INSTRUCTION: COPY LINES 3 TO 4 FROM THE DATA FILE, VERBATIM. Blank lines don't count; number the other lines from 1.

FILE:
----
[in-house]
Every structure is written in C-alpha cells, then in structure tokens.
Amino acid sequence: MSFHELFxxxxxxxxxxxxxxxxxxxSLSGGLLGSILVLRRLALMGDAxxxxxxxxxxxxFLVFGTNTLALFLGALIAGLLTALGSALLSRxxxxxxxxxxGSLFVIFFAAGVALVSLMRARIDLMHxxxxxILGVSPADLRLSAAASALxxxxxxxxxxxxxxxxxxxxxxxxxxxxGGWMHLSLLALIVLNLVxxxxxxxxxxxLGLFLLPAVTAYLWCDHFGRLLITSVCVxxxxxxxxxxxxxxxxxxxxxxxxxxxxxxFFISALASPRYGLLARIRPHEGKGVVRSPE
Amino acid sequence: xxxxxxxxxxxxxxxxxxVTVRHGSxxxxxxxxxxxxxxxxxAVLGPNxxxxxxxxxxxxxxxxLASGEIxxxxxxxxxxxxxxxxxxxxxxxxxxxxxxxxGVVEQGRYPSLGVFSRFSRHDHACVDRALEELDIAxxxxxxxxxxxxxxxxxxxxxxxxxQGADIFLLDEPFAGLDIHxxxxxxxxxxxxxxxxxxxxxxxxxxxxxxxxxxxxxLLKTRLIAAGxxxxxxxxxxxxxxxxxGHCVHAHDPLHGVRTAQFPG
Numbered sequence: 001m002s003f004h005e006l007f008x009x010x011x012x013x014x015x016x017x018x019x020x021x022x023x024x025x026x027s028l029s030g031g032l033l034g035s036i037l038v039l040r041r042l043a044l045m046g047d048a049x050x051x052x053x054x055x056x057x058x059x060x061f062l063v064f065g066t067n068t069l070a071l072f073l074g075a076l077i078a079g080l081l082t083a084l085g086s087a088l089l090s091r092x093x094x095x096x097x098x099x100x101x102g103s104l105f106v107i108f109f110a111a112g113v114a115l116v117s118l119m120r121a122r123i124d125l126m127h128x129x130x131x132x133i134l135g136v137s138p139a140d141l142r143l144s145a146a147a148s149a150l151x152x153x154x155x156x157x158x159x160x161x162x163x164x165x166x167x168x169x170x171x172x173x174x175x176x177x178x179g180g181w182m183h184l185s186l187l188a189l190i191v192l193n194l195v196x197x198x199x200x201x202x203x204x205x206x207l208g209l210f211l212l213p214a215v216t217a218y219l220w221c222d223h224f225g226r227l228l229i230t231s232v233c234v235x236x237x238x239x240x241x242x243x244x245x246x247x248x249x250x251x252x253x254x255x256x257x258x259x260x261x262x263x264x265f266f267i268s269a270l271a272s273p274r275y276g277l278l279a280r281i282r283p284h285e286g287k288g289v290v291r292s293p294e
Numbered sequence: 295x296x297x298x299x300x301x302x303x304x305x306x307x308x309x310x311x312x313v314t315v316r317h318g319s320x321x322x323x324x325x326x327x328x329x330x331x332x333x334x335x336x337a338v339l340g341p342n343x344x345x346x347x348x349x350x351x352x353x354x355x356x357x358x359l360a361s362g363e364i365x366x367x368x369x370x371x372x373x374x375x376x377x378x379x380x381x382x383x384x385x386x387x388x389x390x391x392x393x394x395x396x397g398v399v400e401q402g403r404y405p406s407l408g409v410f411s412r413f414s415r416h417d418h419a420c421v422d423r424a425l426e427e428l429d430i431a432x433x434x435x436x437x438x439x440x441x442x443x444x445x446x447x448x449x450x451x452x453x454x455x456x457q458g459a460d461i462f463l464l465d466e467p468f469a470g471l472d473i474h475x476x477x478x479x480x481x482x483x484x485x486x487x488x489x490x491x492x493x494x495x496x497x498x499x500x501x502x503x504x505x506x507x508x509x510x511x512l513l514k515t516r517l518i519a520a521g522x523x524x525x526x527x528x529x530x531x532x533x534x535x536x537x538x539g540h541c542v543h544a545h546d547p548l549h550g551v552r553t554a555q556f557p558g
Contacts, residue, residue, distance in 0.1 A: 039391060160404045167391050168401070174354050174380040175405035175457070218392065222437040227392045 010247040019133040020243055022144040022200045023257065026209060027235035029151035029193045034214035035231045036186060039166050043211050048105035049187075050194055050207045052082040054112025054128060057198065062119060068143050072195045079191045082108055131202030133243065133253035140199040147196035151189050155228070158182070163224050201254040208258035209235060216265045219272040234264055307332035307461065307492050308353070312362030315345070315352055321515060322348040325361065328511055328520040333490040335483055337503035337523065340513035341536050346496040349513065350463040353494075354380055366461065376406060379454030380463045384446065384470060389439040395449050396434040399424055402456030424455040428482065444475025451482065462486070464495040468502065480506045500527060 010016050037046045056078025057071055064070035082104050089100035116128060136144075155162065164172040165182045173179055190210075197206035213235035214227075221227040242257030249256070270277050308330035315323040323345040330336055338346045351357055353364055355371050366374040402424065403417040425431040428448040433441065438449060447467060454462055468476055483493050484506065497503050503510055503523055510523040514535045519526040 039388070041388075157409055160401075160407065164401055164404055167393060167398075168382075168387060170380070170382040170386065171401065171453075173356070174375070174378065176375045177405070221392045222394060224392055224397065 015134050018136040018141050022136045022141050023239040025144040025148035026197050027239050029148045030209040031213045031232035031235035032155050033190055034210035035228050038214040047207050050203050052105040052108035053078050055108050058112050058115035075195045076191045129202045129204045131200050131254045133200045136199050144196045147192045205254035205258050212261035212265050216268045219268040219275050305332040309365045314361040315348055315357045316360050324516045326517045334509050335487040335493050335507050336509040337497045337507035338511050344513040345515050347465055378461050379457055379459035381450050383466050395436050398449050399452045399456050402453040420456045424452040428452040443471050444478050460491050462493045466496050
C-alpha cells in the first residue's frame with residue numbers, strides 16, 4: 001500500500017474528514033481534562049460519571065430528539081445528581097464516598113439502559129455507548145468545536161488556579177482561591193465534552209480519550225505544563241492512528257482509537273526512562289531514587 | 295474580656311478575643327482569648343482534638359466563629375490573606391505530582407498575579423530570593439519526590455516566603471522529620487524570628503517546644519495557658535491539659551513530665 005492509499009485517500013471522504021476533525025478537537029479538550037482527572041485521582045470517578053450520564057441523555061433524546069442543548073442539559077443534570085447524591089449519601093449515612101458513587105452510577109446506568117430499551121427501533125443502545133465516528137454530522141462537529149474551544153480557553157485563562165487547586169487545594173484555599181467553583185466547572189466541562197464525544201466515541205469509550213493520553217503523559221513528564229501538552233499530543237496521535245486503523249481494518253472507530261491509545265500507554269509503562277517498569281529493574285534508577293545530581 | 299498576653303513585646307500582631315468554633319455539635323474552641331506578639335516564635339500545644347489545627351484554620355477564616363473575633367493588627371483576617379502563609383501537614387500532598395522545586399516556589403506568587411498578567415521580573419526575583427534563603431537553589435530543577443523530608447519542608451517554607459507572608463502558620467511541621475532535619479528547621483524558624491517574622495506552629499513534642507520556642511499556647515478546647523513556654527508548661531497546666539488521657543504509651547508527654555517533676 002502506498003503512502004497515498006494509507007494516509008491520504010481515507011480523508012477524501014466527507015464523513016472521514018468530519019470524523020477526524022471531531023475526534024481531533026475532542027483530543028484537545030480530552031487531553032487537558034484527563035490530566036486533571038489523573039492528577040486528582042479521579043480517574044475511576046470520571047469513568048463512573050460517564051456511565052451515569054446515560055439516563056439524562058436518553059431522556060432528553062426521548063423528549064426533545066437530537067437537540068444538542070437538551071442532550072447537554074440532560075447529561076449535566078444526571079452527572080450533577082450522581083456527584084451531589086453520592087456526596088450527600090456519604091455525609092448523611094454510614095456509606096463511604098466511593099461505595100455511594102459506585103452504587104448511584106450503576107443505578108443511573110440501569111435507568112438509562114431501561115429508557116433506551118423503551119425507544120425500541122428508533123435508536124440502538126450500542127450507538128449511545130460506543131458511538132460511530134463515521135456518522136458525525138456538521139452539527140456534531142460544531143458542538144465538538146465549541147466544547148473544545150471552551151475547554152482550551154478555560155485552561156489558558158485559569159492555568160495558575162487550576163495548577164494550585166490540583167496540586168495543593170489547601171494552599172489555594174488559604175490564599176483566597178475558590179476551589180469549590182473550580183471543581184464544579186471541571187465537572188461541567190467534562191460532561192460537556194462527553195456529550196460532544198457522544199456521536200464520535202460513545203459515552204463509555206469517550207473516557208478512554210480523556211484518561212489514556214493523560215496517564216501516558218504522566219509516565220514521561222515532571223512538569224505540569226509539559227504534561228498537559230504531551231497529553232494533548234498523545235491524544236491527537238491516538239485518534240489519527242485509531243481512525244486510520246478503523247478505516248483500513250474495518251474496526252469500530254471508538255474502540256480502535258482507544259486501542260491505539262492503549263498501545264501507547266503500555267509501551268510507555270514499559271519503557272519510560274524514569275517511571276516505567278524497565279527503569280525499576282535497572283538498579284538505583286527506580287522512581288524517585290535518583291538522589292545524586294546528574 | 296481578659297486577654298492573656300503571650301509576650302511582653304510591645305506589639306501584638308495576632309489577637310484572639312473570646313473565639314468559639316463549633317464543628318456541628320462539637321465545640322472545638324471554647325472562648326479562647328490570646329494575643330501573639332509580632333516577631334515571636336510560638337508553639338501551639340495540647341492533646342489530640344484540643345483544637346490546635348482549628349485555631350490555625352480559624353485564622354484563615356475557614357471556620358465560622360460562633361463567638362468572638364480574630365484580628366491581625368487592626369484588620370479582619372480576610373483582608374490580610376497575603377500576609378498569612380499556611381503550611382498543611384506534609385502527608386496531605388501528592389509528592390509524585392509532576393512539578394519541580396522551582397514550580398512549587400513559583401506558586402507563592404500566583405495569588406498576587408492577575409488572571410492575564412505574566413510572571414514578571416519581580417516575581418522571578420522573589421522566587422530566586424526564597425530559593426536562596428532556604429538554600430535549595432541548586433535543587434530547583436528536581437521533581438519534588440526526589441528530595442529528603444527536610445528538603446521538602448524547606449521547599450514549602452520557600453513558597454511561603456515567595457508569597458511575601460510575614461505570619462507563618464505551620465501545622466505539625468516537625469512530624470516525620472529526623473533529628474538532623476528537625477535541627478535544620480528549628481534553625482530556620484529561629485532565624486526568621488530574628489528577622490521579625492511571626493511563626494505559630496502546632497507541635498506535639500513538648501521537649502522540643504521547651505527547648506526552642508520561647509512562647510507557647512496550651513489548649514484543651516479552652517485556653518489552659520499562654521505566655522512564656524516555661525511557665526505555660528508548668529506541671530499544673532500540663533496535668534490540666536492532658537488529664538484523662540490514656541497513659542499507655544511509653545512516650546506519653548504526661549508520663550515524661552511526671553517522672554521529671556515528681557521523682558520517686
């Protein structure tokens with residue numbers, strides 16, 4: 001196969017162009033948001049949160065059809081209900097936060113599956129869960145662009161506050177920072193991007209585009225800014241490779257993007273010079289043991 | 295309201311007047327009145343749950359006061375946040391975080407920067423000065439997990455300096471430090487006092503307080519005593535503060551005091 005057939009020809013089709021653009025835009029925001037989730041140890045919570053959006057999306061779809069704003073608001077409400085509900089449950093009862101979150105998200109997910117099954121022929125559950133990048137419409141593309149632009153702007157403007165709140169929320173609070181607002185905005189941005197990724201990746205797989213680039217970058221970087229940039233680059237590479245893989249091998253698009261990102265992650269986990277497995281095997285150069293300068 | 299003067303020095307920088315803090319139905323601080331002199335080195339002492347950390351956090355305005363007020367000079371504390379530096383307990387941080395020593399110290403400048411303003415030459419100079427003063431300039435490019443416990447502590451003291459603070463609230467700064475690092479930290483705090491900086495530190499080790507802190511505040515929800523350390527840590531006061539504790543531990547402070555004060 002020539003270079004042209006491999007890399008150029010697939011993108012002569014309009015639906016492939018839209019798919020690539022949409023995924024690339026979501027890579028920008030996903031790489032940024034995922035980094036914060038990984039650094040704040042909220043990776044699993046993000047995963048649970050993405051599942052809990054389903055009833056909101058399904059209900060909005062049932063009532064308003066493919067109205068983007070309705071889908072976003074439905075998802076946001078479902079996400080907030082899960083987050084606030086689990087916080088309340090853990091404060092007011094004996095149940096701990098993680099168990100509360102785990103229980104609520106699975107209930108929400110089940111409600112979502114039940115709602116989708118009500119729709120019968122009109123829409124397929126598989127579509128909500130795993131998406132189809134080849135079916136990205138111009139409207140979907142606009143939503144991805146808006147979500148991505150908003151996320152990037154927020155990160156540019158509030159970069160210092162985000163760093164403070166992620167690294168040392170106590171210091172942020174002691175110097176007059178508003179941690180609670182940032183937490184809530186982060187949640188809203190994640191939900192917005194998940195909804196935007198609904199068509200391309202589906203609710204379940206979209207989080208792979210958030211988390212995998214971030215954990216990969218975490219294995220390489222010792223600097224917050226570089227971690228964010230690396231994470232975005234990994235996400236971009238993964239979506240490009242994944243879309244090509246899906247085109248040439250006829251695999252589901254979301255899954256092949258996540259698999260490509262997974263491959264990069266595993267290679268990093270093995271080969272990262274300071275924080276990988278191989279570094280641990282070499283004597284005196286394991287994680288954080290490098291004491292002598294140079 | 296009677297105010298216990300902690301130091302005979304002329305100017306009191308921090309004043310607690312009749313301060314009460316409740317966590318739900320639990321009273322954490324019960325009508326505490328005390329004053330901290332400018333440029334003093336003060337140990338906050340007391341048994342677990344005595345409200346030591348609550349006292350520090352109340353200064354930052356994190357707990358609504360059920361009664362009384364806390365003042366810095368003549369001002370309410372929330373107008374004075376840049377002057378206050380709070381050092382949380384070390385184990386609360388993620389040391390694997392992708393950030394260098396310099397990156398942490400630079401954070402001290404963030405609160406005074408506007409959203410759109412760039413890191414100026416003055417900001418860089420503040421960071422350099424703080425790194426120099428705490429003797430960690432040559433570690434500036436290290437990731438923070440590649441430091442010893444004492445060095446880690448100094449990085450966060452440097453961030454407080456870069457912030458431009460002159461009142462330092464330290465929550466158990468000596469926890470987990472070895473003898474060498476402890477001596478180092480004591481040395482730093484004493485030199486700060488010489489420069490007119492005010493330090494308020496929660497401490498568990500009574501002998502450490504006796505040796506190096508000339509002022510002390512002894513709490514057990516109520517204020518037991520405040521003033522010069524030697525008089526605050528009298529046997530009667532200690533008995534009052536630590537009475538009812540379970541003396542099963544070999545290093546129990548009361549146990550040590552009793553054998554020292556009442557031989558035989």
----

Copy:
Amino acid sequence: MSFHELFxxxxxxxxxxxxxxxxxxxSLSGGLLGSILVLRRLALMGDAxxxxxxxxxxxxFLVFGTNTLALFLGALIAGLLTALGSALLSRxxxxxxxxxxGSLFVIFFAAGVALVSLMRARIDLMHxxxxxILGVSPADLRLSAAASALxxxxxxxxxxxxxxxxxxxxxxxxxxxxGGWMHLSLLALIVLNLVxxxxxxxxxxxLGLFLLPAVTAYLWCDHFGRLLITSVCVxxxxxxxxxxxxxxxxxxxxxxxxxxxxxxFFISALASPRYGLLARIRPHEGKGVVRSPE
Amino acid sequence: xxxxxxxxxxxxxxxxxxVTVRHGSxxxxxxxxxxxxxxxxxAVLGPNxxxxxxxxxxxxxxxxLASGEIxxxxxxxxxxxxxxxxxxxxxxxxxxxxxxxxGVVEQGRYPSLGVFSRFSRHDHACVDRALEELDIAxxxxxxxxxxxxxxxxxxxxxxxxxQGADIFLLDEPFAGLDIHxxxxxxxxxxxxxxxxxxxxxxxxxxxxxxxxxxxxxLLKTRLIAAGxxxxxxxxxxxxxxxxxGHCVHAHDPLHGVRTAQFPG